Wednesday, May 1, 2013
Rant #954: The First, and the First Forgotten
As I said as an aside to my Rant yesterday, Jason Collins is getting all the recognition as the first currently active male athlete from any of the four major professional team sports in the U.S. to come out of the closet as being gay, but he was not the first such athlete to do so.
How soon we all forget, including myself.
The 1970s were a different time in our history.
Gays were still in the closet, afraid to come out for fear of losing their livelihoods and afraid that society would look at them in a different way.
In the mid-1970s, Glenn Burke was a highly prized draft prospect for the Los Angeles Dodgers. He was a multi-sport star in several sports in high school, and when he was drafted, he was listed as a "can't miss" prospect who had tools that were compared to those of a young Willie Mays.
After a short minor league career, he came up to the Dodgers in 1976, and he reportedly told the team and the team's adminstrators that he was gay.
Although he did not proclaim this to the world, his teammates and team officials knew about his sexuality from the get-go.
This led to a tumultuous, and very short career for Burke.
For whatever reason, he never lived up to his potential on the field, but off the field, even with his sexuality out in the open to his teammates and team officials, Burke was chastised.
There was supposedly an incident between him and Al Campanis, the Dodgers' GM who later was fired for making disparaging remarks about black ballplayers on national television.
According to Burke in his autobiography "Out At Home," Campanis offered him a lavish honeymoon if he would get married to a woman. Of course, he refused, and of course, this story is open to conjecture.
He bounced around in the major leagues, played for the Oakland Athletics, and called it a career in 1979.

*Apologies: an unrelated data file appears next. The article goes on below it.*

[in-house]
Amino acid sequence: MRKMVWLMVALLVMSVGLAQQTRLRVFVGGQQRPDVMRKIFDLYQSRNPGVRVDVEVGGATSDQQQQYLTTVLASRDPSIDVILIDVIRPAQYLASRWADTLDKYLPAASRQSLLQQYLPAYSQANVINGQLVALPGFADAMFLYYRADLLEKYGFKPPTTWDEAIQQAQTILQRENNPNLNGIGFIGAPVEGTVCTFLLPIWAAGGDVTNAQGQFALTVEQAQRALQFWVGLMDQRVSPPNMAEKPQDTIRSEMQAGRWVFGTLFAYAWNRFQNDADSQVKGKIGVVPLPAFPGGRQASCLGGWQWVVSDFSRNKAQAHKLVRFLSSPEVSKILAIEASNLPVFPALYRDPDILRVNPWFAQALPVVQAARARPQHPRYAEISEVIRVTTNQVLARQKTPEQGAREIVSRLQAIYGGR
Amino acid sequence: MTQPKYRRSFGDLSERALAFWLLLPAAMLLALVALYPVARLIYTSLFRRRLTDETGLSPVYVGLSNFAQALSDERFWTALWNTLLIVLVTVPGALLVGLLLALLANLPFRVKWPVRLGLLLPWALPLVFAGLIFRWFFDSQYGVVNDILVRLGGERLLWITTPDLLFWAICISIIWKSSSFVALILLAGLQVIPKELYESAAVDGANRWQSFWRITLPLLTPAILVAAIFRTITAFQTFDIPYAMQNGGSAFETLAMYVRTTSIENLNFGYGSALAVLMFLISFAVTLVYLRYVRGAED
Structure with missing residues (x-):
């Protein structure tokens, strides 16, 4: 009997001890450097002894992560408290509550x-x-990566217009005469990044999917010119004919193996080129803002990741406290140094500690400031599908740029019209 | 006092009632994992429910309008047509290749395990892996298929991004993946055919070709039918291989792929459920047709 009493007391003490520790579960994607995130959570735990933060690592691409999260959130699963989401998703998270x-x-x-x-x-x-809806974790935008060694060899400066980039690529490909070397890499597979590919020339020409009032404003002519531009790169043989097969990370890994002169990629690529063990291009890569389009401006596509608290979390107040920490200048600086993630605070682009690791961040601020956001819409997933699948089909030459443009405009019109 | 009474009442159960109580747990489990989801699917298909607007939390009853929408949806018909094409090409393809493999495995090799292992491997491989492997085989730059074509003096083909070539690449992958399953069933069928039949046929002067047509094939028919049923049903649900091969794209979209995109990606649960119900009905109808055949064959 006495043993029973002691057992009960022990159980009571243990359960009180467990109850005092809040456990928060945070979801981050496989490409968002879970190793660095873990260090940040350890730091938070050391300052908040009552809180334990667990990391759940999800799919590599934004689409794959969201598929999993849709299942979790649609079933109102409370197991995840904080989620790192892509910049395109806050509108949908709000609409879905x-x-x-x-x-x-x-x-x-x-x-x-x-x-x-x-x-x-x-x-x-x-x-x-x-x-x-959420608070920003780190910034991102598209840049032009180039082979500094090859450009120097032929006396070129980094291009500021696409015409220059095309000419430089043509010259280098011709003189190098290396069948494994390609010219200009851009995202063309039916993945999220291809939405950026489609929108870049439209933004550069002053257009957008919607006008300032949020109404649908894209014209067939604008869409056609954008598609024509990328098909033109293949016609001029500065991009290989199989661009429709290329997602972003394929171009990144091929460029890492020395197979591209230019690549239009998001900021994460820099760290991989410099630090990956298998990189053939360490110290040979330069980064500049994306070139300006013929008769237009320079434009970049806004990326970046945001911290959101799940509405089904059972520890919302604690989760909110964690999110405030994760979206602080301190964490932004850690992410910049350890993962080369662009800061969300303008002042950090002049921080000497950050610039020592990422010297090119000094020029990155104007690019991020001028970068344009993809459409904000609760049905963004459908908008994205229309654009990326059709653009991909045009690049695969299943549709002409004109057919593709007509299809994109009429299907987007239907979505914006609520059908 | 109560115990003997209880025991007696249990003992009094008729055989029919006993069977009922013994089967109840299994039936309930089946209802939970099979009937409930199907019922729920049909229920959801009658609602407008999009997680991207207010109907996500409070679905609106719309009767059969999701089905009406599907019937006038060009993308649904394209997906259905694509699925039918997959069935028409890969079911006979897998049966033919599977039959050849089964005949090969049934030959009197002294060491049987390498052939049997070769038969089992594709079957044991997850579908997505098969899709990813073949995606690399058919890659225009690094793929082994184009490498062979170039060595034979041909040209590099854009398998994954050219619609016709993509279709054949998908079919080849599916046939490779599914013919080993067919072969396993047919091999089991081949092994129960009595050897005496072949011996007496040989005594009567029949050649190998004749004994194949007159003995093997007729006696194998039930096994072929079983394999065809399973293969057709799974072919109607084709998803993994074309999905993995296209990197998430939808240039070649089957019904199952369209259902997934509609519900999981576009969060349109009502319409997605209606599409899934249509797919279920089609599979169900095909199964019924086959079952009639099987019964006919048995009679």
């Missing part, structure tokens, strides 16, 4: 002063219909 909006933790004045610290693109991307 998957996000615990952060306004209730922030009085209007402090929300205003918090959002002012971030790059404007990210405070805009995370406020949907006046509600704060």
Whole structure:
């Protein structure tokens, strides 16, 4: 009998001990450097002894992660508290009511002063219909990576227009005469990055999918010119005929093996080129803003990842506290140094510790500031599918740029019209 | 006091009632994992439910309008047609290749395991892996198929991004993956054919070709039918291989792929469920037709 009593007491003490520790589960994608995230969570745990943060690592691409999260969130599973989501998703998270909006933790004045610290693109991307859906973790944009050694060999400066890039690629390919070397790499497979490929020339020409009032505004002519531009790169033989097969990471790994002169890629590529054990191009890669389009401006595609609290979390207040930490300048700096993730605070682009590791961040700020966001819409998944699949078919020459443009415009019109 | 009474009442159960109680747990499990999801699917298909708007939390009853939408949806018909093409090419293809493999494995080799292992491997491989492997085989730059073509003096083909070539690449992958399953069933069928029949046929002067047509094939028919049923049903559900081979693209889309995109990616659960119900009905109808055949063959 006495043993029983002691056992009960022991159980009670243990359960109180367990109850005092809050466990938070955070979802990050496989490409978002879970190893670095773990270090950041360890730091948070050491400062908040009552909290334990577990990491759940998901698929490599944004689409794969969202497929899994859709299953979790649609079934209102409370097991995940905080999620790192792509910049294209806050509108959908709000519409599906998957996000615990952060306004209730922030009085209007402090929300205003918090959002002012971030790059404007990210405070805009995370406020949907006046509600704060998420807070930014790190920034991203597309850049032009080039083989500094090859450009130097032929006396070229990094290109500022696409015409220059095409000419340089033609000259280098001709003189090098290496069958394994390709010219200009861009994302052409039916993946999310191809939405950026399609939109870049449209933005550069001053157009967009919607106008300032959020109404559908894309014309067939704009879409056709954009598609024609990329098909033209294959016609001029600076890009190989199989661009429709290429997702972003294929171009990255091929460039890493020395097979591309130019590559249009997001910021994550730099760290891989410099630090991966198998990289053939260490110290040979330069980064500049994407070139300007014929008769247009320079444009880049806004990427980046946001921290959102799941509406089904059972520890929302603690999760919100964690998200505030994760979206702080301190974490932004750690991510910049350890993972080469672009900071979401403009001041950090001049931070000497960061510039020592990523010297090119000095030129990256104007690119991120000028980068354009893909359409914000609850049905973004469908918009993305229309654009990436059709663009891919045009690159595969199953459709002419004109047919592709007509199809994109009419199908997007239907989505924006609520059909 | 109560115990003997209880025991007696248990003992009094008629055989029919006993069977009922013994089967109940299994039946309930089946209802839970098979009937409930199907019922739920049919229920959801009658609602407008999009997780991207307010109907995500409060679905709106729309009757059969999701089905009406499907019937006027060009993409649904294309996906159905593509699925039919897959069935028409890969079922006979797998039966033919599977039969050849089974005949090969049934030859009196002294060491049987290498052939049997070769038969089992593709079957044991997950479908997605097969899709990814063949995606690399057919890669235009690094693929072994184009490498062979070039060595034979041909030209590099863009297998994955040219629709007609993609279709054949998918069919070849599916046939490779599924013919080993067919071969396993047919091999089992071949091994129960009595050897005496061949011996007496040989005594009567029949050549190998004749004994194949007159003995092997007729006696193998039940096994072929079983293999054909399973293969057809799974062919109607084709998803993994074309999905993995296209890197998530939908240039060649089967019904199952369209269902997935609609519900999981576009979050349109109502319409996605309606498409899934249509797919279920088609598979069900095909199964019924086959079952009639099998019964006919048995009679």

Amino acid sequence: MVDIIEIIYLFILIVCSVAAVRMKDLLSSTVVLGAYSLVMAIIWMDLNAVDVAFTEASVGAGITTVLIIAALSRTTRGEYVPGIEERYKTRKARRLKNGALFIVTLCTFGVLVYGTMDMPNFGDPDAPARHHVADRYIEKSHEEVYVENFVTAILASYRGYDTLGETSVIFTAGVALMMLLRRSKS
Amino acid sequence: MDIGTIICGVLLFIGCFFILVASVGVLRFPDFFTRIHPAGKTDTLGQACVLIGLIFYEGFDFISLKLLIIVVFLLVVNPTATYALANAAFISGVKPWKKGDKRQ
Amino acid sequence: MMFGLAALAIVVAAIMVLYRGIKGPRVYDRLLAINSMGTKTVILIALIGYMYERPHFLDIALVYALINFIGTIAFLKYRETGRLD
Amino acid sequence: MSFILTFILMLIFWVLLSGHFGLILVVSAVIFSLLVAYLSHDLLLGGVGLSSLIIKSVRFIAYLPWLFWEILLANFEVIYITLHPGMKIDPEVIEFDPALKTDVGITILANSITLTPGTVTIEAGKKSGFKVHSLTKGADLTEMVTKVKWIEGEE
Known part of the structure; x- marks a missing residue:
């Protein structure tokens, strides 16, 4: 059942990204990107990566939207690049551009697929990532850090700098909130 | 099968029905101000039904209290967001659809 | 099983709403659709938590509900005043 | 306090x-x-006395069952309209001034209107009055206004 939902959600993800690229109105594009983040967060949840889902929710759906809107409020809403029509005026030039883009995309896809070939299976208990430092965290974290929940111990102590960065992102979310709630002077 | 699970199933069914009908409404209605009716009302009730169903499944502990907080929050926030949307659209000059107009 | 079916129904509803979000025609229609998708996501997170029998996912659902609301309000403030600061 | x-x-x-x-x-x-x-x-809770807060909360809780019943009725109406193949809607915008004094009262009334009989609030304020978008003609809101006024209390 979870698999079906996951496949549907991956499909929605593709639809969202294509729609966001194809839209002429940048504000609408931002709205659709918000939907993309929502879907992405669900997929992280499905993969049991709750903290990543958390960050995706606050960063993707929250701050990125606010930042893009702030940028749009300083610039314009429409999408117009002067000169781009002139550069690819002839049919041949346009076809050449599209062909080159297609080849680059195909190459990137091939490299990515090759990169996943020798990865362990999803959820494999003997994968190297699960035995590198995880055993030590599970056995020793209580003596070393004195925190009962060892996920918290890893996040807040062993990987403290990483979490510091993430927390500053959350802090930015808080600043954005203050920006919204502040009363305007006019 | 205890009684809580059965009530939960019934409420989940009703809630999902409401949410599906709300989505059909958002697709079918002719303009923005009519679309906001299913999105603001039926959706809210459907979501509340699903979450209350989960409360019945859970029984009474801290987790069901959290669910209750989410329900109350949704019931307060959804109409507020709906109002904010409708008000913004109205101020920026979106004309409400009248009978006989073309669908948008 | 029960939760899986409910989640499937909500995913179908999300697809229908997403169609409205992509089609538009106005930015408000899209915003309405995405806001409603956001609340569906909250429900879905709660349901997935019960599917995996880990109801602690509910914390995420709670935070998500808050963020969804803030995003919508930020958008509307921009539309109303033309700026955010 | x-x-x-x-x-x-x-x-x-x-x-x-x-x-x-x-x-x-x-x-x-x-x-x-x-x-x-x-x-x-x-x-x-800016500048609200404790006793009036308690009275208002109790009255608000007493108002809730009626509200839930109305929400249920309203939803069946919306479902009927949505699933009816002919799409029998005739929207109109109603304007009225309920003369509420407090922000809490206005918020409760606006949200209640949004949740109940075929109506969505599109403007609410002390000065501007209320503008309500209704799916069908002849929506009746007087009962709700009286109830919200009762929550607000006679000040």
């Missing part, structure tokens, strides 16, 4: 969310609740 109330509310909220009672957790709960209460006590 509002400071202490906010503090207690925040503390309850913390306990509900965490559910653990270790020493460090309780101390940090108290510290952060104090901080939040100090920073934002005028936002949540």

Homosexuality started to come out in the open in the 1980s, and he was actually outed by Inside Sports magazine in the 1980s. With this now being public knowledge, there was no need to hide this anymore, and he played in the Gay Games, a gay-themed Olympics.
After a car accident, he was never the same person. He got into drugs, and his lifestyle caught up with him when he contracted AIDS.
I remember that one of the first stories I ever read on the Internet was about Burke and his struggles after his baseball career. If I remember correctly, his autobiography had come out, and he was clearly dying of this disease, a bitter man who was nearing the end of his life.
Maybe in anger, he claimed that he knew other baseball players who were gay, but never revealed who they were.
And for whatever reason, in later years he took credit for creating the "high five" in baseball, and supposedly, the high five is a show of solidarity in the gay community, probably without most people, including athletes, realizing that.
He ended up passing away in 1995, and probably the story would have ended there.
However, actress Jamie Lee Curtis has had an option on his life story for years, wanting to make it into a motion picture. I read yesterday that she believes that now, with the Jason Collins story out in the open, the time may be right for this film to finally move ahead.
Shame on me--and shame on mass media--for forgetting the Glenn Burke story amid all the hoopla about gay athletes.
His story is an interesting one, maybe even more interesting than the Jason Collins story, and to forget it is to create a crevice between how our society was in the 1970s to our more tolerant society that we have today.
It is a story that should not be forgotten so easily.
Posted by Larry at 2:53 AM